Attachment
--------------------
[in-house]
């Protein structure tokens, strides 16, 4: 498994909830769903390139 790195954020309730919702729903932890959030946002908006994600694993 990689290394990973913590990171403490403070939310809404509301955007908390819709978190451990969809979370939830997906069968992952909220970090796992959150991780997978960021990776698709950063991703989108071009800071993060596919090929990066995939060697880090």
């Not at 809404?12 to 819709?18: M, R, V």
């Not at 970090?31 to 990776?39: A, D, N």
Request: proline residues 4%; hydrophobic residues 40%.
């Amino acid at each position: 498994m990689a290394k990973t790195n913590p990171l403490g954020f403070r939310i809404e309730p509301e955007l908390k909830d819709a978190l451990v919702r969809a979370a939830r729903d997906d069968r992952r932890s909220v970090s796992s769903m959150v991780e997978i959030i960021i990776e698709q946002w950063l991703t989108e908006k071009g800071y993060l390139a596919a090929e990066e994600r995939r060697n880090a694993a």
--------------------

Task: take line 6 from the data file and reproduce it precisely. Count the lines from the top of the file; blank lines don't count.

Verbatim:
């Amino acid at each position: 498994m990689a290394k990973t790195n913590p990171l403490g954020f403070r939310i809404e309730p509301e955007l908390k909830d819709a978190l451990v919702r969809a979370a939830r729903d997906d069968r992952r932890s909220v970090s796992s769903m959150v991780e997978i959030i960021i990776e698709q946002w950063l991703t989108e908006k071009g800071y993060l390139a596919a090929e990066e994600r995939r060697n880090a694993a």